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. Last Updated: 07/27/2016

Young Girls Sold as Brides by Afghanistan's Poor

KANDAHAR, Afghanistan -- The young sisters are perky and eager to play. Zarlaska is 10 and listens intently to all that her parents are saying. Nabas Gul, 9, is more shy and hides behind her scarf.

The two live with, and often care for, five younger siblings in a large room in an otherwise ruined building, along what was once the front line of a forgotten Afghan battle. The room is dark and bare for such a large family, but there are some quilts, a cradle and a fire that make it feel a little like home.

But it won't be the girls' home for long. When the two were just toddlers, their father needed money to pay off his debts, and, seeing no other source of funds, he sold his daughters to wealthy opium poppy growers who wanted brides for their sons. Zarlaska and Nabas Gul can stay with their family until their husbands-to-be come to claim them -- usually around the time they reach puberty -- but their parents would have no right to object if the buyers wanted to take them now.

"I am a poor man, and this is how I can feed my large family,'' said their father, Sharafudin, himself a small-time poppy farmer who moved his family to Kandahar several years ago to escape other debt collectors. He said he knew it was wrong to sell the girls -- that some mullahs in his village had advised against it -- but that he didn't regret it.

"What else could I do?'' he asked with a shrug. Then he added, "Many others are doing the same thing.''

There are no statistics collected to measure it, but Afghans involved with women's issues say the selling of young girls is on the rise. After a quarter-century of war, civil chaos and most recently drought, many families have been strained to the breaking point, and the outright selling of daughters for cash is one harsh and heart-rending result.

The practice has a cultural basis in southern Afghanistan, where prospective husbands have long paid a "bride price'' for their wives -- a kind of dowry that is traditionally set by the status of the bride's family and the resources of the groom's. But what was a custom has evolved into a market in which men can buy young girls from poor families. And with the country's legal system a shambles, there is nothing to stop them.

"Unfortunately, we have families now where the girls are sold as young children, and the parents don't seem to think of the welfare of the girls at all,'' said Safia Amajar, director of the Kandahar Women's Association and a longtime educator in the city. "After so many years of war, people are poor and society is broken.

"Selling the children as brides is against Islam, and I tell people that. But there are so many other problems.''

Marrying a child and being directly paid for the sale are prohibited in Afghanistan under both the civil code and Islamic law. Marzia Basel, a former Afghan judge and founder of the Afghan Women Judges Association in Kabul, said, "there are laws, and then there is custom, and there is great poverty.''

"Until we have a strong government and people here have certain rights, these are the kind of things that will happen,'' she said.

More than a year after a U.S.-led military campaign, the United States and other donor countries are especially eager to improve conditions for girls and women in post-Taliban Afghanistan, and Zarlaska and Nabas Gul are beneficiaries of that interest. The two are going to school for the first time in their lives, and as long as they attend, their family gets a free can of vegetable oil every month through the UN World Food Program.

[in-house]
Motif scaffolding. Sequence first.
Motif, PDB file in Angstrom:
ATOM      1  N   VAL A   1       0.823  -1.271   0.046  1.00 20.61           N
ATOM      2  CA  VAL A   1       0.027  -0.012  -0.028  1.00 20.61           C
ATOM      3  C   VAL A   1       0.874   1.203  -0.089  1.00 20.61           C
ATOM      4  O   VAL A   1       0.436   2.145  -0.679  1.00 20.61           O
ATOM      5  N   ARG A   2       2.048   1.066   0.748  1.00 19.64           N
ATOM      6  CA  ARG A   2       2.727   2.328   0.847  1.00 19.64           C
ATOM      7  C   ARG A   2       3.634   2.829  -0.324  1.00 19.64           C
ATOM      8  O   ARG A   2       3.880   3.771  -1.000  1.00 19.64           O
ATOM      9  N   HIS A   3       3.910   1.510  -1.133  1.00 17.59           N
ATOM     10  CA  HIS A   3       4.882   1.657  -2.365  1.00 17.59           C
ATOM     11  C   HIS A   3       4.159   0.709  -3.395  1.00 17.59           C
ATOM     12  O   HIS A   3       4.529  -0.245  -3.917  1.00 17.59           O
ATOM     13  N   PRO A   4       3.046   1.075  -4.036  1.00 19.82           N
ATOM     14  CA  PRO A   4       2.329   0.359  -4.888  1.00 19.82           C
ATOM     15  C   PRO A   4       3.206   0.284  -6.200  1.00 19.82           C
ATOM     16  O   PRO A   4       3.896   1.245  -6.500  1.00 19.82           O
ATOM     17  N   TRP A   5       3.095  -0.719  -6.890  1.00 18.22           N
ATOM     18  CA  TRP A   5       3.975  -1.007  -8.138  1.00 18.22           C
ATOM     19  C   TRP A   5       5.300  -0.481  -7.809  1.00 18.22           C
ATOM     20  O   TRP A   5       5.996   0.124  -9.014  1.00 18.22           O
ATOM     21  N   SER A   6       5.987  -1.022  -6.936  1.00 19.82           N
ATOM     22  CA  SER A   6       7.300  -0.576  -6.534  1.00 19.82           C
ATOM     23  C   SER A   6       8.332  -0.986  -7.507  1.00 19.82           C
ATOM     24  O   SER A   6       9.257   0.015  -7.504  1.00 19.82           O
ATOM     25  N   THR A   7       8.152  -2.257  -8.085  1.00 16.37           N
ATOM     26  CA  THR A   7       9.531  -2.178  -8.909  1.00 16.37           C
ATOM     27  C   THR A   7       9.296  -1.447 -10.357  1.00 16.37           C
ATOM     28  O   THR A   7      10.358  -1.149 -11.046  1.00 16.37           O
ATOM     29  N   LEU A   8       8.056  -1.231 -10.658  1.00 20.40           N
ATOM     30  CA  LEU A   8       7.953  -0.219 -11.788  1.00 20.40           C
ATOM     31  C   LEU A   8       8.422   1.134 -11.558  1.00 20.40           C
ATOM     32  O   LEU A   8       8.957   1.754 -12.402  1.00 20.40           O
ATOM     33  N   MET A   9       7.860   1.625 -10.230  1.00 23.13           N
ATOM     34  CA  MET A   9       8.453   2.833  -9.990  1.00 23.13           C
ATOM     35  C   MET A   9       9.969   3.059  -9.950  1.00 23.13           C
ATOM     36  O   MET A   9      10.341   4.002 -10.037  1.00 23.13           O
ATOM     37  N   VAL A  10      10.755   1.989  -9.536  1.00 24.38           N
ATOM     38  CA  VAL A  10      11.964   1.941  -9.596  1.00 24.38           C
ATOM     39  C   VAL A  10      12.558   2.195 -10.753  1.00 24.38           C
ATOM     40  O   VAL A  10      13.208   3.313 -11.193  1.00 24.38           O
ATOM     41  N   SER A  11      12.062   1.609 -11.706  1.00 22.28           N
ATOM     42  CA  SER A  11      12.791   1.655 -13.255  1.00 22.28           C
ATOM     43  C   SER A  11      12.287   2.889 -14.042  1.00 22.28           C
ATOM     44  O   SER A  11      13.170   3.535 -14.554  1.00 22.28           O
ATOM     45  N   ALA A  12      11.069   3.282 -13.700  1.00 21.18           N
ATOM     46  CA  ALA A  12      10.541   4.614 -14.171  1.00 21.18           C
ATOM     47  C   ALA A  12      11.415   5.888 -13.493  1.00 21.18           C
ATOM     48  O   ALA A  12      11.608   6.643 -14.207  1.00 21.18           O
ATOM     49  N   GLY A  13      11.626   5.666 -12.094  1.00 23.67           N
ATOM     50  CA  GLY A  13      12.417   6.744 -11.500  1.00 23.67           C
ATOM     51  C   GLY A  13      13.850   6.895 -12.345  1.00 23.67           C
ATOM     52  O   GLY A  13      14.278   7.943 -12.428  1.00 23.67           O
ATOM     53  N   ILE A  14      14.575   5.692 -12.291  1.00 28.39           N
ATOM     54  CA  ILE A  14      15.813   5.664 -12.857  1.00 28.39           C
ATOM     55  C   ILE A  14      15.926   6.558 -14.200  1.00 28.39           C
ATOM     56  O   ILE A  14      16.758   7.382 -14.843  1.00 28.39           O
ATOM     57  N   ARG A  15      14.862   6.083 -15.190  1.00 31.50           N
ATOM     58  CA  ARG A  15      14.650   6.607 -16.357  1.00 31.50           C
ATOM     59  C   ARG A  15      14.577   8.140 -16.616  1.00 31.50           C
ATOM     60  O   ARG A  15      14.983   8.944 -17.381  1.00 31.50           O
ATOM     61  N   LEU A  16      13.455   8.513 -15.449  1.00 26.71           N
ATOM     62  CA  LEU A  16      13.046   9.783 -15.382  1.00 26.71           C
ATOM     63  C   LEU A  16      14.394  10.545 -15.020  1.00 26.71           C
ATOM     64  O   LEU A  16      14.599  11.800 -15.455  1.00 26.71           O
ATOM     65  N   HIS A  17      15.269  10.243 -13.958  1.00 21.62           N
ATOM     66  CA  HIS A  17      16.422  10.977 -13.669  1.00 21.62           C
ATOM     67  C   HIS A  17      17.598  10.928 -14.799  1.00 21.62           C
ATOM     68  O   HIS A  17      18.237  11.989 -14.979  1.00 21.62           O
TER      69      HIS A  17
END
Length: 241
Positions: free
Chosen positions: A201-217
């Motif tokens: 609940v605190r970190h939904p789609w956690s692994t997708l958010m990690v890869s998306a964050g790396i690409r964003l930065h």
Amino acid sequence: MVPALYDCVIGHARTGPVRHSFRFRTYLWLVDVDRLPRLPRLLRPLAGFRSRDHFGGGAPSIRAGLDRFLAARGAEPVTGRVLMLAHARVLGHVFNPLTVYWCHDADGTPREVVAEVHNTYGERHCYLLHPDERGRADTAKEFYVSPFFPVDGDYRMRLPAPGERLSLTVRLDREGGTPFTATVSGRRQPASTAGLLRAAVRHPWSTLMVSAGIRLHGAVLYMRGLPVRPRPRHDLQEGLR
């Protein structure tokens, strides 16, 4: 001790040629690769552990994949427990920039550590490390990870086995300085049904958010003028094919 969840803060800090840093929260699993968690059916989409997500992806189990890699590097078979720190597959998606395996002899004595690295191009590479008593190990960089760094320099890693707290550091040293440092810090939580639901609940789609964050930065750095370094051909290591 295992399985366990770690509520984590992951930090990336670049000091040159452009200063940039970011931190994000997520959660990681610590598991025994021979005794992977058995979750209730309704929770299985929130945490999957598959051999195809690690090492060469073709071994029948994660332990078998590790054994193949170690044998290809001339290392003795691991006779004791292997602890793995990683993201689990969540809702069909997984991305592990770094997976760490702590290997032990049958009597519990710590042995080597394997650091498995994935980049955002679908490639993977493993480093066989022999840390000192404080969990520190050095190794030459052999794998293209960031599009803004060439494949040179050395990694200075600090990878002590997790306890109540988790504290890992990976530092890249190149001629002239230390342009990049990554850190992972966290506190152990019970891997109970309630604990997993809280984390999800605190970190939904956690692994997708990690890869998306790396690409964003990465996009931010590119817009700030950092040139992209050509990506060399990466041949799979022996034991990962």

But when their husbands-to-be claim them, the girls will go back to the countryside, where there are no schools for girls, and often none for boys either.

The selling of daughters reveals not only the depth of poverty in some parts of Afghanistan, but also the long-standing divide between rural and urban life. Cities such as Kabul, Kandahar and Jalalabad show signs of change on many fronts, undergoing building booms and opening their schools to girls. But in the countryside, ancient customs prevail and can be stretched to cover the sale of girls, which Afghans and foreigners alike say is something new and alarming.

A report written last year for the WFP by Catherine Dunnion of the relief group GOAL Ireland, for instance, reported widespread selling of daughters in the far northern province of Jawzjan. She found villages where numerous girls aged 8 to 12 were sold, usually for the equivalent of $300 to $800.

"Everyone I talked to insisted that this activity has only been happening over the past four years of the drought,'' Dunnion wrote, adding that in villages that received WFP food, the number of girls sold declined.

In the case of Zarlaska and Nabas Gul, the transaction involved a meeting between their father and some of his male relatives and the men of the family of the grooms-to-be.

Because the girls were so young and wouldn't be received for some years, the price would be quite low. Sharafudin said he was paid the equivalent of about $400. If he had been able to wait longer, he said, he would have gotten more.

Although he barely knows them, Sharafudin insists that the families that will take in his daughters are good people. He said they live in the distant, mountainous area of Ghurak.

Away from their parents, Zarlaska and Nabas Gul were asked what they thought about their marriage arrangements. They listened stone-faced, glanced around for help, started to giggle and ran away.